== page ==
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Homo erectus

Photograph of a Homo erectus cranium at three-quarter view.

Homo erectus

AAC Catalogue Number: 2004.11.39

Dates: 1.9 – 0.5 million years ago

Geographic Range: Africa and Eurasia

Anatomical Features: 

  • Much larger brains and smaller teeth compared to australopithecines.
  • Shares some archaic traits with early hominis, including a receding forehead, no chin, and narrowing behind the brow ridges.
  • Shares some derived traits with modern humans, including a taller cranium and smaller jaws and teeth.
  • Postcranial skeleton much more similar to humans (long legs, wide pelvis, etc.)
  • Homo erectus may have been capable of long-distance running.
  • Males were 20-30% larger than females. This is less sexually dimorphic than earlier hominids but more so than humans.

Technology Used: Homo erectus likely used Mode II (Acheulean) hand axes as well as Mode I (Oldowan) tools. In the past, some scholars believed that Mode II tools were not found in East Asia. More recently, however, Mode II tools have been discovered in East Asia, albeit in lower quantities than in Africa and West Asia. 

Diet: Homo erectus likely ate a variety of foods including more meat than australopithecines. A female individual was found with vitamin A poisoning, which may be the result of eating animal livers. The evolutionary history of human tapeworm species also suggests that hominins began eating more meat around the time of Homo erectus.

Other Info:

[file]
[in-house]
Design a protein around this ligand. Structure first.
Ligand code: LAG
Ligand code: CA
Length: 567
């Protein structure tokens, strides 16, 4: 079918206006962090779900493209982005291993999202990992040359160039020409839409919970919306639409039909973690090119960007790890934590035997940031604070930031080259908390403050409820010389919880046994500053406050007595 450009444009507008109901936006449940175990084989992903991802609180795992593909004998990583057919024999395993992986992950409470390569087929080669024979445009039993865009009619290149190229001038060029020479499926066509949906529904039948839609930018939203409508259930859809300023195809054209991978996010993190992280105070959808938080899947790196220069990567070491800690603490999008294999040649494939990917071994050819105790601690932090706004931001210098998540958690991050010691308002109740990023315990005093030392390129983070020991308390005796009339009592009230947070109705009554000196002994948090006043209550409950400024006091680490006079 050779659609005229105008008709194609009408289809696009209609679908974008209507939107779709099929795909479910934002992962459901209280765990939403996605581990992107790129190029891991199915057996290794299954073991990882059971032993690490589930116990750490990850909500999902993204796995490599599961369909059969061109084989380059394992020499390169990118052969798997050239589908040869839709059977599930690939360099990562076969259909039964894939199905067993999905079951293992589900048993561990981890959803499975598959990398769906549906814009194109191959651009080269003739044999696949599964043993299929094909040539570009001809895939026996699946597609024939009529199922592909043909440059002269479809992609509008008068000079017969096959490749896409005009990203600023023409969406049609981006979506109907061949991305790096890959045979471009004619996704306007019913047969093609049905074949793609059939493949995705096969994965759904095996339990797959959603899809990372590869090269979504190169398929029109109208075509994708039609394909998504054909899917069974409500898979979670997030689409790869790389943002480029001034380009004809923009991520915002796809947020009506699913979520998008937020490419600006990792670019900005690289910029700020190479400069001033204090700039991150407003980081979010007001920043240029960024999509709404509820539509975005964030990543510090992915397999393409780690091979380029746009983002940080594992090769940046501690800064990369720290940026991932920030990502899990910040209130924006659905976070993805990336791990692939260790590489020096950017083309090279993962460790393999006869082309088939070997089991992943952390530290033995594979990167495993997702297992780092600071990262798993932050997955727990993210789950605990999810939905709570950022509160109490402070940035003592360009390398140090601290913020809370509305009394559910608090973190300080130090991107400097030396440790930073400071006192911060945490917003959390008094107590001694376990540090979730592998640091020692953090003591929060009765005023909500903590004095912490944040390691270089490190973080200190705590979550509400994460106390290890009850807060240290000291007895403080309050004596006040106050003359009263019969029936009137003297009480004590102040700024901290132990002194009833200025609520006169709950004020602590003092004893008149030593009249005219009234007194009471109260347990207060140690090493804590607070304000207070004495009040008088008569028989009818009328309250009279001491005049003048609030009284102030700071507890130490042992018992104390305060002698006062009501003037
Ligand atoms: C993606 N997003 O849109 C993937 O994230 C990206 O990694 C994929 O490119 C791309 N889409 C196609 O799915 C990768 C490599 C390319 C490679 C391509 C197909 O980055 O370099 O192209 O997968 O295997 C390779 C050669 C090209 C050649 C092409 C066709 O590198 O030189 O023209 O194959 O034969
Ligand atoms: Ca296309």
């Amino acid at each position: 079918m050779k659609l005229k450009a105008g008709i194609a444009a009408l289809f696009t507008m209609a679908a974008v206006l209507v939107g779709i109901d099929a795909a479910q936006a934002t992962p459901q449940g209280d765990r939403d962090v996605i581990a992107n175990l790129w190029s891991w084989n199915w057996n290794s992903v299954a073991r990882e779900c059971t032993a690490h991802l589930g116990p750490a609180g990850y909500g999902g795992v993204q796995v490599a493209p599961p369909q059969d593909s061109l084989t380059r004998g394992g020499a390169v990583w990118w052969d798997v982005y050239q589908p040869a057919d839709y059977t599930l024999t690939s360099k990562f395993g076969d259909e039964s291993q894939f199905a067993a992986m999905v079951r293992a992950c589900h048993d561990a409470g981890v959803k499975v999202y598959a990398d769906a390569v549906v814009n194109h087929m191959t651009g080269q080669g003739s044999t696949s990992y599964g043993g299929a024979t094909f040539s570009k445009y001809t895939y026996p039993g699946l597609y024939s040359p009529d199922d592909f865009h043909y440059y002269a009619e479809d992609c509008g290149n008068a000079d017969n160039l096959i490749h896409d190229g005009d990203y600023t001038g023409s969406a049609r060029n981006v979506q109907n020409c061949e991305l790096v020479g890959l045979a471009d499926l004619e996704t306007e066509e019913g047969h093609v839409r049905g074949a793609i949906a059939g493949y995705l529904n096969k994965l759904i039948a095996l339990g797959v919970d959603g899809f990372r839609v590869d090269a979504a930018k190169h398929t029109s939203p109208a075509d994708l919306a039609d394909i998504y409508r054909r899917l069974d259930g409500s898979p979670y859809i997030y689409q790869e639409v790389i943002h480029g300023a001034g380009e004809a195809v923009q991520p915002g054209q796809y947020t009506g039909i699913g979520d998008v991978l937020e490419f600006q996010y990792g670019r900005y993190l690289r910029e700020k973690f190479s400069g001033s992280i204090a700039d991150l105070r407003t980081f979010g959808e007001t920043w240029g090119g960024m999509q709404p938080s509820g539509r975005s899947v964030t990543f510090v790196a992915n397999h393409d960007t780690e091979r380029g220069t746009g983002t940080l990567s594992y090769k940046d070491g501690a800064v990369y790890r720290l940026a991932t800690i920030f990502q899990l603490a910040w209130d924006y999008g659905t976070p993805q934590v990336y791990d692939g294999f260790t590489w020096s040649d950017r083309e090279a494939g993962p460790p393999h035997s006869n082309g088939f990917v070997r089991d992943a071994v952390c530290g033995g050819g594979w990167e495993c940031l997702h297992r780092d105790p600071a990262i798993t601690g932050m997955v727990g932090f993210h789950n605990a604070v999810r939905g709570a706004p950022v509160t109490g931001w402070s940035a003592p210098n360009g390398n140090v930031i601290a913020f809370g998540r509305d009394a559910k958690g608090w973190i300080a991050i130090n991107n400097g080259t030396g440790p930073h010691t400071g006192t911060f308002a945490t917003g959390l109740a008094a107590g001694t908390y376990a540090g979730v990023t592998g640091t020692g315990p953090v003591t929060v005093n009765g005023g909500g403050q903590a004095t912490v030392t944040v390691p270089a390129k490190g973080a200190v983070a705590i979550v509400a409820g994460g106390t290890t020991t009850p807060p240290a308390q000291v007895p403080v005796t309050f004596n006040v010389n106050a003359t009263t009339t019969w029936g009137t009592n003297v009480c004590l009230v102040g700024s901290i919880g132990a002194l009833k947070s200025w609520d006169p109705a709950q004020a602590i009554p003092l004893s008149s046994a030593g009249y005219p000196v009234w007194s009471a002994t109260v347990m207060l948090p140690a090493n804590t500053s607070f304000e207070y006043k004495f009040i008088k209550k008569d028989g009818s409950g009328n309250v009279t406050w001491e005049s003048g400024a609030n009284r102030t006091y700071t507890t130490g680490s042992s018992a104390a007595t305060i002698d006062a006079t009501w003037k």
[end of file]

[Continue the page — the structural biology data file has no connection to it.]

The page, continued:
• Some archaeologists speculated that East Asia could have been a center of origin for early humans given the finds at Zhoukoudian and other East Asian sites. However, most scholars now agree that humans evolved from Homo erectus in Africa and not Asia. 
  • The name ‘Homo ergaster’ is often used to refer to fossils found in Africa, whereas ‘Homo erectus’ is mainly used to refer to fossils found in Eurasia. They are morphologically very similar and may be the same species, but H. ergaster has more archaic features. 

Description from Bone Clones: 

300,000 to 600,000 YA. The Homo erectus skull Peking Man is also known as Pithecanthropus pekinensis (Sinanthropus). The reproduction offered here was recreated by Ian Tattersall and Gary J. Sawyer using original casts. In their reproduction, the gray areas clearly indicate the portions that were sculpted and which were based on original fragments. The dark colors represent the areas that were created using casts from original material. The reconstruction is a composite of several individuals, skull and mandible fragments and isolated teeth. Licensed exclusively to Bone Clones, we are grateful to Tattersall and Sawyer for permitting us to cast this remarkable piece.

Remaining Questions: 

  • What composed Homo erectus’ diet? How much meat did they eat, and were they hunters or scavengers?
  • Did Homo erectus use fire and cook their food?